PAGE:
Friday, 25 July 2014

Valley Press Friday Digest, #13

After last week's digest, which I think we can all agree was a new low, you'll be arriving at this one - lucky number thirteen - secure in the knowledge that some kind of improvement is inevitable. I'm hoping that the following will see you through the next seven days: I have rustled up one genuine bit of news, one submissions update and one poem. Enjoy!

First of all, I'm pleased to announce my first confirmed, 'on the dotted line' signing for 2015: the second novel by Nora Chassler, a writer currently based in Scotland, raised on the Upper West Side of Manhattan. It's the latter that provides the setting for the new novel, which - after literally a month of debate between author, publisher, and pretty much everyone I know with a pulse - is officially, definitely titled Grandmother Divided By Monkey Equals Outer Space. I won't tell you anything else about it just yet, other than to say it is a work of literary fiction with an intense focus on character and the little details of life; you are in for absolute treat when Valley Press publishes it next March.

[Nora's first novel was published by Two Ravens Press, who have a small bio for her here - Nora also has her own website here. That's Nora in the photo above.]

This leads us nicely onto the topic of submissions, which have been coming in steadily since they were re-opened at the start of May - I've probably been getting about two enquiries a day. I've sent out plenty of bad news and one or two bits of good news, but I plan to really tackle the pile towards the end of August. Nora is the first 2015 author to get to an announceable state, but I have an unprecedented eighteen books lined up for 2015 in one form or another - and I'm going for a total of twenty, so two more submitters are going to be getting some good news over the next month or so. I plan to 'leave everything on the field' next year, as they say, so watch this space to see how it goes.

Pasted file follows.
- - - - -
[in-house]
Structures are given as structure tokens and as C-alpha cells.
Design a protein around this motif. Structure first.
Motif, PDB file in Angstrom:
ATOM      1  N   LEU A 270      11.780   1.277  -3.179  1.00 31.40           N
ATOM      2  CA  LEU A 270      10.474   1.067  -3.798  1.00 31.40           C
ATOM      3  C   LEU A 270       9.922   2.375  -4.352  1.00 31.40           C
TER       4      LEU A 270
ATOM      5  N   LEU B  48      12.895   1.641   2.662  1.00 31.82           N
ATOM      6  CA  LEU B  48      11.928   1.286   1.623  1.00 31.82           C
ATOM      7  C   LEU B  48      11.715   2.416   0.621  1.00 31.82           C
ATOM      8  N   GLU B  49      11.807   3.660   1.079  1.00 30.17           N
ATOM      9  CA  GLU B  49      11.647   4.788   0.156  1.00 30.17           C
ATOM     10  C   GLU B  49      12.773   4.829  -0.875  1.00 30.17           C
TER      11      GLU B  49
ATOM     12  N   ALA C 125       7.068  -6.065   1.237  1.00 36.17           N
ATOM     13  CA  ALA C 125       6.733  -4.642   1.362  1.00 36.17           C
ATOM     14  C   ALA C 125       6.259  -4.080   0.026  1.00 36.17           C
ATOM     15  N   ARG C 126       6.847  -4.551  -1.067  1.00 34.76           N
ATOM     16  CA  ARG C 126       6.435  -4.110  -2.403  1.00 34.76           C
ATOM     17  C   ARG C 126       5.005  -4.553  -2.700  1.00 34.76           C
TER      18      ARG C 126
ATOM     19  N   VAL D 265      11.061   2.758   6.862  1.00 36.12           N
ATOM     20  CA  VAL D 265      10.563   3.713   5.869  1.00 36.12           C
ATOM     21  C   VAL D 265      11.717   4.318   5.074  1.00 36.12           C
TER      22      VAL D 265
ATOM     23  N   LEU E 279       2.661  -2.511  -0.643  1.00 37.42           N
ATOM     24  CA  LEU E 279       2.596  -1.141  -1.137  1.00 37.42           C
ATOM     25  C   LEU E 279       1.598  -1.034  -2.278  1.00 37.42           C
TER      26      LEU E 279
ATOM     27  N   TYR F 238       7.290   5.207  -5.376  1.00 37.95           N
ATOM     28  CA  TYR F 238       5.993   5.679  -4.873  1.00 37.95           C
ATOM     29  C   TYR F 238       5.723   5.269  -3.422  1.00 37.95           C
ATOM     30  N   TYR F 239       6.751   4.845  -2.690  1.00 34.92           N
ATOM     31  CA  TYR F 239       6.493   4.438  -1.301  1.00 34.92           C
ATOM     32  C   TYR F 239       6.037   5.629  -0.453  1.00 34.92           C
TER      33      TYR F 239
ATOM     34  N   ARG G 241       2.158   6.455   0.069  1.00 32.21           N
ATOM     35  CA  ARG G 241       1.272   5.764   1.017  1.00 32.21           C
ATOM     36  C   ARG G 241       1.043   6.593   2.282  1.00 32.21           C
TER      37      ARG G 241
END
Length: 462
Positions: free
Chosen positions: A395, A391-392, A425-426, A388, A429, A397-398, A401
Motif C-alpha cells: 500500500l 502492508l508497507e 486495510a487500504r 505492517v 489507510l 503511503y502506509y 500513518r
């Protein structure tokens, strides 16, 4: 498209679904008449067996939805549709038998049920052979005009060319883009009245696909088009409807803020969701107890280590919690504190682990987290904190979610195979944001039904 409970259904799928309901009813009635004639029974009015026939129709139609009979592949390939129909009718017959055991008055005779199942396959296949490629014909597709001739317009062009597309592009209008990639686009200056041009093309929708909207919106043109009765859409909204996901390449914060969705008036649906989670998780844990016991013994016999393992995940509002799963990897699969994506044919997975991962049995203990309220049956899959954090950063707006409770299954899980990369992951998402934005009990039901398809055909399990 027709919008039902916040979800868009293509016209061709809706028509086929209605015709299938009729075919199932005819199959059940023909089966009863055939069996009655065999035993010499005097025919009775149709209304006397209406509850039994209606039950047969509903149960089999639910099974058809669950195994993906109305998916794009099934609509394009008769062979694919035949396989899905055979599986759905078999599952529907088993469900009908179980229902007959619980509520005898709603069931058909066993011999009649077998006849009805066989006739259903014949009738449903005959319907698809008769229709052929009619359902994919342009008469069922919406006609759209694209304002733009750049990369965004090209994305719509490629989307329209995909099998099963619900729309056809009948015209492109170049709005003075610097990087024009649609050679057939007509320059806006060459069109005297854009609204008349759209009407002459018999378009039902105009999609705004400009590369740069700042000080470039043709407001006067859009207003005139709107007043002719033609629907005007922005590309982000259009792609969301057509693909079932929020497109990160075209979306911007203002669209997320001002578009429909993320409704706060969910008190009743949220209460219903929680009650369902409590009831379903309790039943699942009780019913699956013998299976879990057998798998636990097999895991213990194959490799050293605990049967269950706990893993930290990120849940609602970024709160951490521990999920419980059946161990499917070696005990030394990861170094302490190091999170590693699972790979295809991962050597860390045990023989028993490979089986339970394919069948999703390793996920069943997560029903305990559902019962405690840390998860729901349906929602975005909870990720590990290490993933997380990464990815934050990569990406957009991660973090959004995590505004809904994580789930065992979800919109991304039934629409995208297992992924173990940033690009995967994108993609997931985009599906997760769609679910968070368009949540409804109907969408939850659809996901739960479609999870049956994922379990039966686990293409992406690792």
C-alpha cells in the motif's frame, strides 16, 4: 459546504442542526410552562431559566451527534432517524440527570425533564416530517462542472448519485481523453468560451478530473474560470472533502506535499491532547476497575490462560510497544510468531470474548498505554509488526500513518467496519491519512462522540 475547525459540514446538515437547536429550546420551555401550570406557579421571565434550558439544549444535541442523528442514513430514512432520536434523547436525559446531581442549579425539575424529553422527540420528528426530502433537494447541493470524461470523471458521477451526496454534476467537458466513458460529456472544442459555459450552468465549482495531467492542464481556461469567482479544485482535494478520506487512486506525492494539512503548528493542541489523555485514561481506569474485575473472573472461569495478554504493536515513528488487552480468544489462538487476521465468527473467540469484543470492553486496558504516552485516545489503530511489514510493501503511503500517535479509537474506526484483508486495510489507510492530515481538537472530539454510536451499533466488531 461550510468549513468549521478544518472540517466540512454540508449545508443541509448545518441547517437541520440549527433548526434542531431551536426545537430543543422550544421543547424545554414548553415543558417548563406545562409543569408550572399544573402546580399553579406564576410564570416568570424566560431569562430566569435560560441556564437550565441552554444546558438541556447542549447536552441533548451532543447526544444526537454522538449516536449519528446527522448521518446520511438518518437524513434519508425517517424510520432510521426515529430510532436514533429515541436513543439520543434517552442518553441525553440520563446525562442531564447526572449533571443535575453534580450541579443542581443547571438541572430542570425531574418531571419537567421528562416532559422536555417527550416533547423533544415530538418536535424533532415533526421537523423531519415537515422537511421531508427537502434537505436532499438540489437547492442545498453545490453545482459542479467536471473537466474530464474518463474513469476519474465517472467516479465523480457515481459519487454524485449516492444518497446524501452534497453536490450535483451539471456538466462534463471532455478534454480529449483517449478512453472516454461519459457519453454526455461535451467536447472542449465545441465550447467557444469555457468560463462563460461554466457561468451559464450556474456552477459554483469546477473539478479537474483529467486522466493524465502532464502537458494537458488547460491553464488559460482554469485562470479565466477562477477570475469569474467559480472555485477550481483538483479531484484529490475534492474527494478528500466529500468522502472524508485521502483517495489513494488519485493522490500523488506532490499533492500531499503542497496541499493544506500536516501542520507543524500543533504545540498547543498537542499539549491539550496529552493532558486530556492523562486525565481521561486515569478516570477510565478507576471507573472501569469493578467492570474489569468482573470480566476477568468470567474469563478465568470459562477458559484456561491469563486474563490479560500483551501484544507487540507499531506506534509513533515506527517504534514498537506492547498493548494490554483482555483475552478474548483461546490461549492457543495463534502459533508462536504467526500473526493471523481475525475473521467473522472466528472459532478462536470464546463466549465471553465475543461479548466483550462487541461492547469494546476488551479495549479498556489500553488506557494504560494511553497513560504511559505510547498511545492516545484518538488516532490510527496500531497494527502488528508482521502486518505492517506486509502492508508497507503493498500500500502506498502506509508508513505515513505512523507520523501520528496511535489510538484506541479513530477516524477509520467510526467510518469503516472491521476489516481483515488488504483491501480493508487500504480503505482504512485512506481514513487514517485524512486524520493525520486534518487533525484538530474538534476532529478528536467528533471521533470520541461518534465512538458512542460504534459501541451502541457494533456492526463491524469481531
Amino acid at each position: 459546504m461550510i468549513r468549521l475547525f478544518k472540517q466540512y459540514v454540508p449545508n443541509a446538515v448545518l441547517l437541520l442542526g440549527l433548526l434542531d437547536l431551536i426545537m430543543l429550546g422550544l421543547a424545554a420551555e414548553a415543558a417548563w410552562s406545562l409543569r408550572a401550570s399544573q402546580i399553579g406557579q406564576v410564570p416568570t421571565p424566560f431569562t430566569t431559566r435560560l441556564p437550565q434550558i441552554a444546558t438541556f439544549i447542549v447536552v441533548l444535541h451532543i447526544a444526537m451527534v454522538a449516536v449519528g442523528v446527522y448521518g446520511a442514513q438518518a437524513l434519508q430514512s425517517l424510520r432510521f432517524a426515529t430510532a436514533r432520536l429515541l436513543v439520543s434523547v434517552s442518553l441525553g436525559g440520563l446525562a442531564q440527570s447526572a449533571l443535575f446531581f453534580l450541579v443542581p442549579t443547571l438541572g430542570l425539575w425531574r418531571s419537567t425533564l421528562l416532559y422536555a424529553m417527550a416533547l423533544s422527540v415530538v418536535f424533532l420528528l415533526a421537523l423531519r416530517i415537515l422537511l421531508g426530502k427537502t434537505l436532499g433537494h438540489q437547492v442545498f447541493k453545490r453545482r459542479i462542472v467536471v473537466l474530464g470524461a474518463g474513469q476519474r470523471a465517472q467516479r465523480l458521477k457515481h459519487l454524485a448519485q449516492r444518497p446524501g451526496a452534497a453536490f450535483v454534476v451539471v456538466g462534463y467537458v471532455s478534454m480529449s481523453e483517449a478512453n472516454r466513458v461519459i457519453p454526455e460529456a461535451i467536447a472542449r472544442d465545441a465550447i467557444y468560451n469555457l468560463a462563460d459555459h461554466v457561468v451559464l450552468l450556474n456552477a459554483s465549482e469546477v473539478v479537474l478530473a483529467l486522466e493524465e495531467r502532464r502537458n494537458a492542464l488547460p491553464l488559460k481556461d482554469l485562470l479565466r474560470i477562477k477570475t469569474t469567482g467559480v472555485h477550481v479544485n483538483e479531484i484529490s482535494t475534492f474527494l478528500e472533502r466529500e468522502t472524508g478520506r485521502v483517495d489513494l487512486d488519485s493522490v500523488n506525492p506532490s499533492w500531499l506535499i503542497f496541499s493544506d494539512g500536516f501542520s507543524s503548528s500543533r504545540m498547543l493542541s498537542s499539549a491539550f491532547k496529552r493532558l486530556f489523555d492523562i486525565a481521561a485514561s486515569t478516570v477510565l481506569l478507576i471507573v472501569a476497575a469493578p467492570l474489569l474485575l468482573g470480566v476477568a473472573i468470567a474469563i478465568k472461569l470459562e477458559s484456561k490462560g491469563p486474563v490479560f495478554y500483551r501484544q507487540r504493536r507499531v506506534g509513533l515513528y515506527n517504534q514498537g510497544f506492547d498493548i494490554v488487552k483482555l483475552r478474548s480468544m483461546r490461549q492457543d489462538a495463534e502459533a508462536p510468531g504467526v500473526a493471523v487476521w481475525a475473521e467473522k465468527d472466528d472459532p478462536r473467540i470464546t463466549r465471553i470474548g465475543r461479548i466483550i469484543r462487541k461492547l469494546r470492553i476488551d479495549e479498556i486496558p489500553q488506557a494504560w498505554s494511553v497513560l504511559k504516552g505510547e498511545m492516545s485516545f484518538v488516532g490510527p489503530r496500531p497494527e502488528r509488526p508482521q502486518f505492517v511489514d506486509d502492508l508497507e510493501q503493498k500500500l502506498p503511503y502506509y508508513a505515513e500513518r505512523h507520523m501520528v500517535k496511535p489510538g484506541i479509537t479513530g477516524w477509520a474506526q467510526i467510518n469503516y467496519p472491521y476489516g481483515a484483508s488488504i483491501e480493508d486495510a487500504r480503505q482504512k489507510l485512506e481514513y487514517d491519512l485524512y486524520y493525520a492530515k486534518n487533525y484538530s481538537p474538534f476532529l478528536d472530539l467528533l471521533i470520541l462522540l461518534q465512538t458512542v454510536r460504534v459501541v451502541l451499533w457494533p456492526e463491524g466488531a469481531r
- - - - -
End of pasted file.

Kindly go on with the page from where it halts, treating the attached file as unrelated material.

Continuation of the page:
I've spent much of this month working on Helen Burke's new collection, as profiled in Digest #9. At time of writing I've completely finished editing and organising the poems; it's now just a matter of arranging the notes section and deciding which illustration goes where, and then getting the author's go-ahead of course. I'll finish this post with one of my favourite short poems from the book - see you all next week.

Baxter’s Crime

Baxter, the dog, is being dragged down the lane.
I feel sorry for Baxter, in fact, most days –
I feel a bit like him.
Pulled this way and that.
Someone behind me with a lead that I can’t see.
Baxter has no idea what his crime is.
(Nor have I.)
Just that he is a dog who takes his time, perhaps.
He investigates. Sniffs too long in all the wrong places.
I can never hear the words – just that she is shouting,
snapping and snarling.
I imagine the teeth are bared – the hackles grizzly and raised.
But Baxter I feel is undeterred.
He will go on being Baxter.
He will go on going on.

There is no cure for being free of mind and will.
Baxter, my friend, my alter ego.
Baxter – I love you.
Go on being, Baxter.

(Run amok – remain a dog with pluck.)

You bark at your side of the wall
and I will bark at mine. 

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